We now live in a “glorious” era, where stories of May-December romances have become prolific. So prolific in fact that we have two in Cinemalaya this year. While comparisons with Glorious are inevitable, Malamaya has its own merits that warrant a serious look.
She’s an aging painter who’s losing her relevance and he’s an up-and-coming in-demand photographer. Aside from their love for art, sex, and cigarettes, they don’t really have much in common. Arguments are bound to happen, triggered by their generational differences – from personality to habits to gestures of love. But most interesting is their lack of appreciation for each other’s talent. She feels his photographs are very amateurish while he doesn’t understand her artistic process. She is inspired by tranquility while he gets excited by chaos. In a sense, woman and man are the embodiment of old art versus new art and how fundamentally different and incompatible they are.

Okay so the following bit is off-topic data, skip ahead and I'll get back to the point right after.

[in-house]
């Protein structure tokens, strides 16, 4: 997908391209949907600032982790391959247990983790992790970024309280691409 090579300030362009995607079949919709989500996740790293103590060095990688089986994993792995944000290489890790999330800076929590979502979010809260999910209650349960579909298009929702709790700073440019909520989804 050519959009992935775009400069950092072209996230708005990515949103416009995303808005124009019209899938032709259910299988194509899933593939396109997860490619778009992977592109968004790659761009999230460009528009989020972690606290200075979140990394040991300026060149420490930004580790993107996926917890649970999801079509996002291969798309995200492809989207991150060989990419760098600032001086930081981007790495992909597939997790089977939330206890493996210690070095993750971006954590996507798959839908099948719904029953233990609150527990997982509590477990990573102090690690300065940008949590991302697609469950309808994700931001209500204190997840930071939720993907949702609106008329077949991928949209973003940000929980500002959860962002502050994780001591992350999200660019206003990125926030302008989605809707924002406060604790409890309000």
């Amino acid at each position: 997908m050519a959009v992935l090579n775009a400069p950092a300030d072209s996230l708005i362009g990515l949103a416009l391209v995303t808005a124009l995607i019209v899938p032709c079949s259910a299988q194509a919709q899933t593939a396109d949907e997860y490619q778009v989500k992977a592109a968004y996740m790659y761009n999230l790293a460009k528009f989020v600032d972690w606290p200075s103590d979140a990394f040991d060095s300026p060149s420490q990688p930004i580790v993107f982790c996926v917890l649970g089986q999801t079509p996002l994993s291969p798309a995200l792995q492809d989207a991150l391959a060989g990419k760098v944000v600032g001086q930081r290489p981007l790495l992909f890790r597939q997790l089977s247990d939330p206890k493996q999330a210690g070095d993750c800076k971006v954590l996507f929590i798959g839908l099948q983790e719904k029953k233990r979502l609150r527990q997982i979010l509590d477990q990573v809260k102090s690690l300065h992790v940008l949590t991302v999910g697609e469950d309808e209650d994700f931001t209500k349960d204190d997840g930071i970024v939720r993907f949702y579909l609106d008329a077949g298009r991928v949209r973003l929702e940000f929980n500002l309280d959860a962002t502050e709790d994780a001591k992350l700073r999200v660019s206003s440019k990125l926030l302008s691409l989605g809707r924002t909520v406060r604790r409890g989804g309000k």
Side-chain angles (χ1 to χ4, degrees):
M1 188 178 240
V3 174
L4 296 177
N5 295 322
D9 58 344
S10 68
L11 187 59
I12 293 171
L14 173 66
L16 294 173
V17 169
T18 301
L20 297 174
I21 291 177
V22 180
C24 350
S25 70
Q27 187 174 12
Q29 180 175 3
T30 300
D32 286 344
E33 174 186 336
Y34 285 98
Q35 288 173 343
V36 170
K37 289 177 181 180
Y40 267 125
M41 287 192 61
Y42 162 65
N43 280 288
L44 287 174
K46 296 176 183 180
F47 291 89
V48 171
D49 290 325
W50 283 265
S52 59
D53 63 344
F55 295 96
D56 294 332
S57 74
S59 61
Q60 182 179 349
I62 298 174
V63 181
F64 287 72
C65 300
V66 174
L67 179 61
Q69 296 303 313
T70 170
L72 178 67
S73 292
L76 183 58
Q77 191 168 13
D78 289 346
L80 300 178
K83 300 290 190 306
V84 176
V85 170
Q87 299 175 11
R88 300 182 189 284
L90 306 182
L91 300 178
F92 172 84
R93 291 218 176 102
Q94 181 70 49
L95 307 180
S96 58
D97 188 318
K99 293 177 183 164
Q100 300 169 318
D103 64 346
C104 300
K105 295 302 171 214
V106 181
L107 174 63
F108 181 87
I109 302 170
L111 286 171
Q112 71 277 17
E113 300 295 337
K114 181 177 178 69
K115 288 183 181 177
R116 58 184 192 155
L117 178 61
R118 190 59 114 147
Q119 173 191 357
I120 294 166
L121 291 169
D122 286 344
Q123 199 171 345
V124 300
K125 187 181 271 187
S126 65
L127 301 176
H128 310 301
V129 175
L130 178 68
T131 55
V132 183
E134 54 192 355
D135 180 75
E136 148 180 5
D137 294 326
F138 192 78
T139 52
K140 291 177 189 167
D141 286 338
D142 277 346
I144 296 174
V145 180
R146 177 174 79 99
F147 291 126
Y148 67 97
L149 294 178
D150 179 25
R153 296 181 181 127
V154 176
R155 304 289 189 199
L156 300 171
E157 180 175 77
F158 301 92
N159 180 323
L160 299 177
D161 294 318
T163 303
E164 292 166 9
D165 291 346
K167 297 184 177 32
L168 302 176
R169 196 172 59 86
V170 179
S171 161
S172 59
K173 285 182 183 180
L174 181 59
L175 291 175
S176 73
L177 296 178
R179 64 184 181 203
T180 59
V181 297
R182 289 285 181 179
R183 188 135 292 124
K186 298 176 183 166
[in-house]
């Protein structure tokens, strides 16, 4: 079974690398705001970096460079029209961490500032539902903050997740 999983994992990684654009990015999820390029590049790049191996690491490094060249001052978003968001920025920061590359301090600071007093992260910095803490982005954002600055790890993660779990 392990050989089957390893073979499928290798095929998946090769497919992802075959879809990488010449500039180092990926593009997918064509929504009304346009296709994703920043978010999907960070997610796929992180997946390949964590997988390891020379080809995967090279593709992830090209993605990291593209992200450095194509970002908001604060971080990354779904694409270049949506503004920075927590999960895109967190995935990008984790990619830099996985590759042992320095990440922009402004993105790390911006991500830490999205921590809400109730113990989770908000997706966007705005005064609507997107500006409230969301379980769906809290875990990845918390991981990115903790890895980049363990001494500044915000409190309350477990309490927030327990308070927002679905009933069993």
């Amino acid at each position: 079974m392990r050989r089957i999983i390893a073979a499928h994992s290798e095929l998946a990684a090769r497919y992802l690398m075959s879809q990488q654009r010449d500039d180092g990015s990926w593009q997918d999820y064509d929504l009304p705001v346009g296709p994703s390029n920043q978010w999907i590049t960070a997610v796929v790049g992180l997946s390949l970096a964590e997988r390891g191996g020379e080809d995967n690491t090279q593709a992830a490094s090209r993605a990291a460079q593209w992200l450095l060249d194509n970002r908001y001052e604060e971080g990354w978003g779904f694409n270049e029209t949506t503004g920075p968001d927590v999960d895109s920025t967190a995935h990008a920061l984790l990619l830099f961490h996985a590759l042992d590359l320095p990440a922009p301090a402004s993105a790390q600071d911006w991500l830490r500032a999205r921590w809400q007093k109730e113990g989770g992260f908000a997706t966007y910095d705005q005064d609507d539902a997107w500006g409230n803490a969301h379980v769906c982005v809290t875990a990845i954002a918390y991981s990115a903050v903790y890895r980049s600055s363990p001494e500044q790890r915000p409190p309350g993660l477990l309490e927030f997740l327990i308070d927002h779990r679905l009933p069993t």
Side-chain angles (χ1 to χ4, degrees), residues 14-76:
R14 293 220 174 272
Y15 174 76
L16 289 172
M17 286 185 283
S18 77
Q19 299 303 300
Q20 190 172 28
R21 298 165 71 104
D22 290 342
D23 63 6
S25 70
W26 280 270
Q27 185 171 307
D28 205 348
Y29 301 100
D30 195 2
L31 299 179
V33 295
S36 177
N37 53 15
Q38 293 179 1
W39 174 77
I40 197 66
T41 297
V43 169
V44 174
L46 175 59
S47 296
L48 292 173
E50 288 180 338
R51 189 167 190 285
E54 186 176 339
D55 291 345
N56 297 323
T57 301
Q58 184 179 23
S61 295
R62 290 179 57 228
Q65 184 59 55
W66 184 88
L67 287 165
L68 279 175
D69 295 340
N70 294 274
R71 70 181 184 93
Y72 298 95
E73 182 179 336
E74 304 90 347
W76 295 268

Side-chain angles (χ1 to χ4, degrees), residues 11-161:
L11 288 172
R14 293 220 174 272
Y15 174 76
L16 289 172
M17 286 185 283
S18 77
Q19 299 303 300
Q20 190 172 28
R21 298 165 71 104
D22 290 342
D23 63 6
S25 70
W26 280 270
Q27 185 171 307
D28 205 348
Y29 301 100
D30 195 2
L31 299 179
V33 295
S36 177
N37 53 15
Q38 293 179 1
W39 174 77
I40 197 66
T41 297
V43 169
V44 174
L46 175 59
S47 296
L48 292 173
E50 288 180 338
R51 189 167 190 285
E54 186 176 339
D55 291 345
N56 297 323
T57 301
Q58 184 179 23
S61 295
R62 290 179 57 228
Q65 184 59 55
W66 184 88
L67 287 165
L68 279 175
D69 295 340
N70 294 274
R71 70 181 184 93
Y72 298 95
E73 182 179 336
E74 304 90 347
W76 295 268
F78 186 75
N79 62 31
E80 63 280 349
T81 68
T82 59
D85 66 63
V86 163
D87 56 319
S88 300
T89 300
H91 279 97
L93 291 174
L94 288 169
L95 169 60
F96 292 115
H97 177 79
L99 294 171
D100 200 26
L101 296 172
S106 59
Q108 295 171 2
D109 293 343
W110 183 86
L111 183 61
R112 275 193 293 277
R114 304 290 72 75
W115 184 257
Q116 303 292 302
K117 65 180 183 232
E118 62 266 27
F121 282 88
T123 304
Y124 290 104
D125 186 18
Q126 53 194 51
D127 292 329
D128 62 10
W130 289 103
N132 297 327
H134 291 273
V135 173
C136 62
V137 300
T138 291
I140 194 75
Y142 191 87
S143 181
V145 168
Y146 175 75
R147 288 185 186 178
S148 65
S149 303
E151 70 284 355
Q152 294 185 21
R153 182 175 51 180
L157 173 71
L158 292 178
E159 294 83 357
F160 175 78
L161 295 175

That being said, the movie feels too short. And I feel it lost an opportunity for us, the audience, to connect with the characters. We aren’t given a glimpse of what’s really going on inside the woman’s head. Clearly, she has a lot of baggage that she brings to relationships. Why does she refuse to sell her work? Why did she decide to stay in the Philippines? We get that she’s complex but not why. Sunshine Cruz’s sensitive performance reflects that inner struggle: There’s always something going on in her mind for every action she takes.
Perhaps like looking at a painting, we are only expected to spectate and appreciate the small details. And in that regard, Malamaya is indeed a work of art.